Book Review: Wins, Losses, and Empty Seats

JSE__.inddMichael Bradley of UMBC, Baltimore reviewed David George Surdam’s book “Wins, Losses, and Empty Seats: How Baseball Outlasted the Great Depression” in the December issue of the Journal of Sports Economics:

What emerges is an institutionalist economic history of major league baseball during the Depression. Professor Surdam clearly explains the institutional features of major league baseball that make it unique and more complex than a simple cartel of firms who agree to maximize their aggregate profit. The number of variables that affected the major leagues in the 1930s and the complex interrelationships among variables would make a simple model misleading and a more realistic and complex model intractable.

Click here to read the full review and here for more content from the JSE December issue.

This entry was posted in Book Review, Economics by Cynthia Nalevanko, Senior Editor, SAGE Publishing. Bookmark the permalink.

About Cynthia Nalevanko, Senior Editor, SAGE Publishing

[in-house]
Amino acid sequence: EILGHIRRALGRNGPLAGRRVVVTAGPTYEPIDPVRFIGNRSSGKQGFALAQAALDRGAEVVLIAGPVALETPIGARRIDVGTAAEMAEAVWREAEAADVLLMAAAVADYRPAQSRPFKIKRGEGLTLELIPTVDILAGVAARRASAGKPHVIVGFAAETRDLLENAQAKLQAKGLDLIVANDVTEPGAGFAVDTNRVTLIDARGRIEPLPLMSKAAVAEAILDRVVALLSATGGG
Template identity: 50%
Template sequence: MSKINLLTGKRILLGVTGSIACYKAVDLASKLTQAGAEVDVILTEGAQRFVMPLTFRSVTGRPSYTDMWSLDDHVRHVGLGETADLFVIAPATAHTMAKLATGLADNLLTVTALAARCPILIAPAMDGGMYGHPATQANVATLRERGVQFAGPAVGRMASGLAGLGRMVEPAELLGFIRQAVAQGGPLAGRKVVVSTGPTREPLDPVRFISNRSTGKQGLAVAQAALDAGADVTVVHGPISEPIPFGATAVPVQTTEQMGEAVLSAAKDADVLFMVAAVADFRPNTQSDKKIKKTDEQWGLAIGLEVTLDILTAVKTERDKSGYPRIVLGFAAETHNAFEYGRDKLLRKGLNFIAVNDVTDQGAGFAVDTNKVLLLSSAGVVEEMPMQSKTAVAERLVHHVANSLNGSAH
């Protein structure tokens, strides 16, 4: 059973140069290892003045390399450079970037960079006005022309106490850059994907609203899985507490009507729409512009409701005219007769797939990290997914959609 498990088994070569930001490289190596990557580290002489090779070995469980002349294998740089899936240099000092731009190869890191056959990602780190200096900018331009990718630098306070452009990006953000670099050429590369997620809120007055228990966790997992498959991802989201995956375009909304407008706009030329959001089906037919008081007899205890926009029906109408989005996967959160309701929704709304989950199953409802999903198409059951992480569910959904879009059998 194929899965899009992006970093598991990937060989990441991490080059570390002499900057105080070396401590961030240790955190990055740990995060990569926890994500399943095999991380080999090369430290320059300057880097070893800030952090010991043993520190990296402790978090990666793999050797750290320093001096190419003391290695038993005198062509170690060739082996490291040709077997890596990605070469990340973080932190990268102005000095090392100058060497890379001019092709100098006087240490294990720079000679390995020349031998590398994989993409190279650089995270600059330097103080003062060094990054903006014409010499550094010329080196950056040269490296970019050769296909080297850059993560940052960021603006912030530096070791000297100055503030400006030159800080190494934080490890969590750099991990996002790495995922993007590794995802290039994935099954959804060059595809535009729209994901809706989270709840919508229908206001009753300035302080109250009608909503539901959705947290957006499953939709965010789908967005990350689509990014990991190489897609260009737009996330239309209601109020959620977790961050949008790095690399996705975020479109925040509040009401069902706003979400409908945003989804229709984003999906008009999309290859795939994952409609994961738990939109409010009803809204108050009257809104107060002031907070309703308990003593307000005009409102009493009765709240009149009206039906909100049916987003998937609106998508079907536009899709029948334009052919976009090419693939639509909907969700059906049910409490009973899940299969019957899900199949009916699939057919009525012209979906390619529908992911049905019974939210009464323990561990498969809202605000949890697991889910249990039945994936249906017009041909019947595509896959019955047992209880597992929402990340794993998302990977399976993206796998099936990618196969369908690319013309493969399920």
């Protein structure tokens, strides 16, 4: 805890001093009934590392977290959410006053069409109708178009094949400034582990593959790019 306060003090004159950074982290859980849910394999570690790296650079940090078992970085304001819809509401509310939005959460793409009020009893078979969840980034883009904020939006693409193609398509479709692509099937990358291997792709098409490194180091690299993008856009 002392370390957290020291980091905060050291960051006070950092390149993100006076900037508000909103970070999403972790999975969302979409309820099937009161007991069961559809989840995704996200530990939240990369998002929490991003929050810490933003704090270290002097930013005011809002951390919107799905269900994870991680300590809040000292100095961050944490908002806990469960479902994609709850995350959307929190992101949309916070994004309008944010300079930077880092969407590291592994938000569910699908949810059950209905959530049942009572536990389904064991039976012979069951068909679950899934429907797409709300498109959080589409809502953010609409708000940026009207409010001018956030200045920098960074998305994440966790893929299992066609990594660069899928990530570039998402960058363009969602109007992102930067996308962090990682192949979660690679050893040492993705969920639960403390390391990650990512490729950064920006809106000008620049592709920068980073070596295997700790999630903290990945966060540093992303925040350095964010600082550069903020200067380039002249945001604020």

Founded in 1965, SAGE is the world’s leading independent academic and professional publisher. Known for our commitment to quality and innovation, SAGE has helped inform and educate a global community of scholars, practitioners, researchers, and students across a broad range of subject areas. With over 1500 employees globally from principal offices in Los Angeles, London, New Delhi, Singapore, Washington DC, and Melburne, our publishing program includes more than 1000 journals and over 900 books, reference works and databases a year in business, humanities, social sciences, science, technology and medicine. Believing passionately that engaged scholarship lies at the heart of any healthy society and that education is intrinsically valuable, SAGE aims to be the world’s leading independent academic and professional publisher. This means playing a creative role in society by disseminating teaching and research on a global scale, the cornerstones of which are good, long-term relationships, a focus on our markets, and an ability to combine quality and innovation. Leading authors, editors and societies should feel that SAGE is their natural home: we believe in meeting the range of their needs, and in publishing the best of their work. We are a growing company, and our financial success comes from thinking creatively about our markets and actively responding to the needs of our customers.

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